Is My Relationship Strong? 7 Disagreements That Actually Suggest It Is

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While you don't have to argue with your partner in order to stay connected, getting caught up in the occasional disagreement can mean your relationship is strong. Not only does it show you're comfortable enough with each other to say what's on your mind, but disagreeing can also result in a few changes being made. And that can be one way to ensure you're both feeling good within the relationship.

"Done respectfully, this can help grow the relationship and the couple's commitment to each other," Dr. Rachel Brandoff, PhD, ATR-BC, ATCS, LCAT, a mental health counselor with 17 years of experience, tells Bustle. "Any argument could be a sign of a healthy relationship if the arguing is productive, constructive, and respectful."

It's all about bringing problems out into the open and listening to what the other has to say, without allowing the disagreement to turn into a toxic argument, which could have the potential to damage your relationship, Brandoff says.

Disagreeing can also help you both "retain and display a unique sense of self," she says. It becomes your moment to express opinions, get things off your chest, and bring up any problems that have been simmering beneath the surface. But again, it's all about learning how to argue in a productive way, and not letting it go south.

With that in mind, read on below for a few types of disagreements you and your partner may find yourselves in, and why it can actually make your relationship stronger, according to experts.

1. Figuring Out Your Budget

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If you and your partner don't see eye-to-eye when it comes to creating a budget, look at it as a chance to chat about all things financial.

For example, "creating a budget [...] can be daunting," Davida Rappaport, a relationship expert and spiritual counselor, tells Bustle, as can saving money, paying bills, and so on. But the last thing you want is to end up in a situation that doesn't feel fair. So go ahead and speak up, and don't be afraid to disagree until you can land on a plan that feels right.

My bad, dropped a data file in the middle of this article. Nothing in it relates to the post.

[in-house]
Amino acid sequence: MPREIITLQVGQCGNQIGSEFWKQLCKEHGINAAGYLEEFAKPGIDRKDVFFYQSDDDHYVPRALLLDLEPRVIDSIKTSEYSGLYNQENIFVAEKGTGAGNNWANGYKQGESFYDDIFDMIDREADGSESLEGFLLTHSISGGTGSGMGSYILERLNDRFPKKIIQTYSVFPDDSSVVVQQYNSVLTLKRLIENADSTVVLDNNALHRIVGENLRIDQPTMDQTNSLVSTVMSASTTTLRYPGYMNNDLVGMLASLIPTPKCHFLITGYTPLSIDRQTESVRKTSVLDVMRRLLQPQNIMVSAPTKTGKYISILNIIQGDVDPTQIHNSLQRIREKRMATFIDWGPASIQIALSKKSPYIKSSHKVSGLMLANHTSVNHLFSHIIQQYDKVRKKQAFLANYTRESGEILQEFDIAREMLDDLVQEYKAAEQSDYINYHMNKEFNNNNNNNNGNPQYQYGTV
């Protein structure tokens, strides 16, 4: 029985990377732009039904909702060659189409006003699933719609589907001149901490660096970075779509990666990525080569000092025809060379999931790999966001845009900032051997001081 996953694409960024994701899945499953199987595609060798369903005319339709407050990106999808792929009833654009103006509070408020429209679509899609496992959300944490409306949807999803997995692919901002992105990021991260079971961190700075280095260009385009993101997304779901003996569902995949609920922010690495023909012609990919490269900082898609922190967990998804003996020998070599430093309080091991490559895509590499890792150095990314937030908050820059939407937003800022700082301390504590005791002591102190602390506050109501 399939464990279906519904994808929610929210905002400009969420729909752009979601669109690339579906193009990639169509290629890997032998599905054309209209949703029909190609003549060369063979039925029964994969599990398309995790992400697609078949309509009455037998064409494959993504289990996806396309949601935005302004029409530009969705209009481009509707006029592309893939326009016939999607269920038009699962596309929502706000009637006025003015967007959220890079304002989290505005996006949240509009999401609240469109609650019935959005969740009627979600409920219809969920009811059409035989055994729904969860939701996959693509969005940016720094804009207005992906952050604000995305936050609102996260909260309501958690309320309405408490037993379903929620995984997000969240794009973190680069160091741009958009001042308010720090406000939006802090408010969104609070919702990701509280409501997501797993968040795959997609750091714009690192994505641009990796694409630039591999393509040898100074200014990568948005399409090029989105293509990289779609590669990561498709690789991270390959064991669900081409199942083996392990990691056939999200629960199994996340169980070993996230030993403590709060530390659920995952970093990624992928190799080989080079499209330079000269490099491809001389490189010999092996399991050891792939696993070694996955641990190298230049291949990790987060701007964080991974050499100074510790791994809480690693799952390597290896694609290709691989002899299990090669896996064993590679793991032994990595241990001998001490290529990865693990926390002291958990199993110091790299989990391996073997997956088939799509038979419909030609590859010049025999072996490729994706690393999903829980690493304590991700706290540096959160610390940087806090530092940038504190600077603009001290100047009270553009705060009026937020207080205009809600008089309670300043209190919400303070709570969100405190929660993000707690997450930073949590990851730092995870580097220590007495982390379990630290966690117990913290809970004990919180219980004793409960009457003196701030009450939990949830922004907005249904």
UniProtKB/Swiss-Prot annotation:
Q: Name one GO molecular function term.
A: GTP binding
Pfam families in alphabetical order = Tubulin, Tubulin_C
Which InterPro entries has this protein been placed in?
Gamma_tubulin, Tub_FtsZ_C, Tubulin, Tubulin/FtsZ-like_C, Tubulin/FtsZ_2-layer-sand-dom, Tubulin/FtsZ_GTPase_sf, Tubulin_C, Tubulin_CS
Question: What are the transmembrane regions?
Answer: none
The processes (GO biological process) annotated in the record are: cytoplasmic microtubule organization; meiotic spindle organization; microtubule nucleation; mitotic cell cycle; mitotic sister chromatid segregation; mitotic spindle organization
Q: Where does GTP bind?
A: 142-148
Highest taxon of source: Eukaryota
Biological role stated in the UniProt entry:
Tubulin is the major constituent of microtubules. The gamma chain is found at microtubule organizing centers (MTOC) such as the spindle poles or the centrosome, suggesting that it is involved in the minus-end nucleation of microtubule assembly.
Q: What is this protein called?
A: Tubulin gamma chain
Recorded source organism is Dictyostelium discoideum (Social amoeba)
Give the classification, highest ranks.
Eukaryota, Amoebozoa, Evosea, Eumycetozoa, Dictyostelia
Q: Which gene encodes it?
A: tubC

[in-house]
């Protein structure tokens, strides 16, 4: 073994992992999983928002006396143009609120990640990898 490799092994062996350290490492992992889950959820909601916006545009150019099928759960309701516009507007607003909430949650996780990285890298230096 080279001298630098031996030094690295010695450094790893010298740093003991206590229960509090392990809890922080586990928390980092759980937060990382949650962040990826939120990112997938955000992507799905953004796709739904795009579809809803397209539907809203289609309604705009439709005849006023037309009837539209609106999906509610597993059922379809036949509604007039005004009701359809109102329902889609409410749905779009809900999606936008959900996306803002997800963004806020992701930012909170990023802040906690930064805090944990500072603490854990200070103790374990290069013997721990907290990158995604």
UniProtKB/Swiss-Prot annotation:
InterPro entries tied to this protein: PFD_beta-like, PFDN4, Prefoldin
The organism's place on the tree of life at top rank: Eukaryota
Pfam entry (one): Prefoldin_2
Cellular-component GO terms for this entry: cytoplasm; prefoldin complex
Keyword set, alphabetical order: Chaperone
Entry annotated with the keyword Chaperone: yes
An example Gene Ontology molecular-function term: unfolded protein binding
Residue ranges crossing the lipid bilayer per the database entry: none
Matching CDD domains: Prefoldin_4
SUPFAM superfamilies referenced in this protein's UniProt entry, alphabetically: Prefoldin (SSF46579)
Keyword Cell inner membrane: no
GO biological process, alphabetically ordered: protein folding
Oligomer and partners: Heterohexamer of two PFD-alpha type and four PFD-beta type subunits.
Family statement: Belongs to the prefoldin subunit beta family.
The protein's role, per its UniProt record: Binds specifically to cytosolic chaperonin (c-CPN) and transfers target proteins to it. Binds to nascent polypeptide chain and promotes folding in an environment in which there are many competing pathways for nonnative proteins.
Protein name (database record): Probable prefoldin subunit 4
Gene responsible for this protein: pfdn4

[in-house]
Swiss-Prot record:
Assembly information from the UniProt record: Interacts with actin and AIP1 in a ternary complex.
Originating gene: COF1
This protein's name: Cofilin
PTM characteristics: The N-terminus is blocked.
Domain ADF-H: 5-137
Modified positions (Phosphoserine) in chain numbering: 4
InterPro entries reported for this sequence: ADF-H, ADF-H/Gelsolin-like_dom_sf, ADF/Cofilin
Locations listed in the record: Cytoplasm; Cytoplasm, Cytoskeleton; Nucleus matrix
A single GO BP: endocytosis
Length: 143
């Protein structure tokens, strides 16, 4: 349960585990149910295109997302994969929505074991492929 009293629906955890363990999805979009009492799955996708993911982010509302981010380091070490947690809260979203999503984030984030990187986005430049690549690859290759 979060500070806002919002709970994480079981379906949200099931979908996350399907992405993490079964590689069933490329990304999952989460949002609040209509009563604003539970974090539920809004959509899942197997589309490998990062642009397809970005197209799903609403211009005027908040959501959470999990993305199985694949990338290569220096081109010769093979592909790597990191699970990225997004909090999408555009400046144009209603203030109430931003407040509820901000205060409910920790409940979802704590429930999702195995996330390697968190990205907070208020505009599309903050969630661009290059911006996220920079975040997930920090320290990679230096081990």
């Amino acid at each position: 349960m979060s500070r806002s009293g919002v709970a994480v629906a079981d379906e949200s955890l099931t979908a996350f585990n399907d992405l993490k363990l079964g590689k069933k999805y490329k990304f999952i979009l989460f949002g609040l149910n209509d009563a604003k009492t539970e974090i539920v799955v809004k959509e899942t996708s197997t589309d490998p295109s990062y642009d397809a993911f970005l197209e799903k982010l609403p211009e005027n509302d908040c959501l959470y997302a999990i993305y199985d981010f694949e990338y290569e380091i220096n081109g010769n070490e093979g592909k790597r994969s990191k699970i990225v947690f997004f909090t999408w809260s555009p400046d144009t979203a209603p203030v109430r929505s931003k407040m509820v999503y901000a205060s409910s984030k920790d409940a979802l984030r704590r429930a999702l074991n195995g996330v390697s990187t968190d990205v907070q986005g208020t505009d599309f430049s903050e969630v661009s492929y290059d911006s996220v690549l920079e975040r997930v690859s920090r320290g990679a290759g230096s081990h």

"When a couple is able to discuss their financial needs and concerns, even if they disagree, they can definitely devise a [plan] that they both can live with comfortably," Rappaport says. And that can mean staying close, instead of feeling angry and being driven apart.

2. Deciding On How Much Time To Spend Together

If you aren't on the same page in terms of how much time to spend together, it's essential to talk about it — and possibly even argue — instead of letting it fester.

"Couples tend to trigger insecurity in one another, but rather than expressing fears and needs, they more often react in ways that lead to a cycle of conflict and tension," Dr. Julie Quimby, licensed psychologist and couples therapist, tells Bustle. This might include shutting down, Quimby says, criticizing each other, or becoming hostile, instead of just talking about it.

"It is a healthy reaction to make a plea for connection, but couples benefit from learning how to do so in a more vulnerable way by learning, acknowledging, and expressing their more vulnerable feelings, needs, and longings," Quimby says.

By bringing it up, however uncomfortable it may feel, this disagreement can result in a better understanding of each other, and what you both need.

3. Striking A Balance With Chores

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"A disagreement is an opportunity for a couple to connect in a different way, to communicate and problem solve together to get through it, and eventually make some adjustments," Jaclyn Witmer Lopez, a licensed psychologist, tells Bustle. And one example of this is arguing over household chores.